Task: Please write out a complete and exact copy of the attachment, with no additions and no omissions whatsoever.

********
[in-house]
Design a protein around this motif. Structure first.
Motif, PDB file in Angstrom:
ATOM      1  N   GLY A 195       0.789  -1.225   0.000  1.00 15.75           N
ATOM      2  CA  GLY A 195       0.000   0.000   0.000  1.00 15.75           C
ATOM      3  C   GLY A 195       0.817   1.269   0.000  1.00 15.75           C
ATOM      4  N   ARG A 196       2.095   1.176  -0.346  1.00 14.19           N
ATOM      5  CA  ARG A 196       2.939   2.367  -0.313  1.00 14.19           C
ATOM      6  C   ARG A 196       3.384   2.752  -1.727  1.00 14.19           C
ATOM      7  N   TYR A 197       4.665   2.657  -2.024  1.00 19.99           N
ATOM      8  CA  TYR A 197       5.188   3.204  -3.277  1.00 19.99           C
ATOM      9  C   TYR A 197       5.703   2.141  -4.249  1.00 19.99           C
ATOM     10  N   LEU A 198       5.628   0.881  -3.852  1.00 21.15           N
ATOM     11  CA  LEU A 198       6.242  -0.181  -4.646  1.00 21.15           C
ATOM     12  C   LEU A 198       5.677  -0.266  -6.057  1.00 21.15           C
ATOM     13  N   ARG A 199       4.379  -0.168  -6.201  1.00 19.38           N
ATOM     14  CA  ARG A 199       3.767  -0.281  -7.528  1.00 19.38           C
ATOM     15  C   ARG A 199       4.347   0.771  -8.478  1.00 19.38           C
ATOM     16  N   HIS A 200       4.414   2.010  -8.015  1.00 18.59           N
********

[in-house]
Design a protein around this motif. Structure first.
Motif, PDB file in Angstrom:
ATOM      1  N   GLY A 195       0.789  -1.225   0.000  1.00 15.75           N
ATOM      2  CA  GLY A 195       0.000   0.000   0.000  1.00 15.75           C
ATOM      3  C   GLY A 195       0.817   1.269   0.000  1.00 15.75           C
ATOM      4  N   ARG A 196       2.095   1.176  -0.346  1.00 14.19           N
ATOM      5  CA  ARG A 196       2.939   2.367  -0.313  1.00 14.19           C
ATOM      6  C   ARG A 196       3.384   2.752  -1.727  1.00 14.19           C
ATOM      7  N   TYR A 197       4.665   2.657  -2.024  1.00 19.99           N
ATOM      8  CA  TYR A 197       5.188   3.204  -3.277  1.00 19.99           C
ATOM      9  C   TYR A 197       5.703   2.141  -4.249  1.00 19.99           C
ATOM     10  N   LEU A 198       5.628   0.881  -3.852  1.00 21.15           N
ATOM     11  CA  LEU A 198       6.242  -0.181  -4.646  1.00 21.15           C
ATOM     12  C   LEU A 198       5.677  -0.266  -6.057  1.00 21.15           C
ATOM     13  N   ARG A 199       4.379  -0.168  -6.201  1.00 19.38           N
ATOM     14  CA  ARG A 199       3.767  -0.281  -7.528  1.00 19.38           C
ATOM     15  C   ARG A 199       4.347   0.771  -8.478  1.00 19.38           C
ATOM     16  N   HIS A 200       4.414   2.010  -8.015  1.00 18.59           N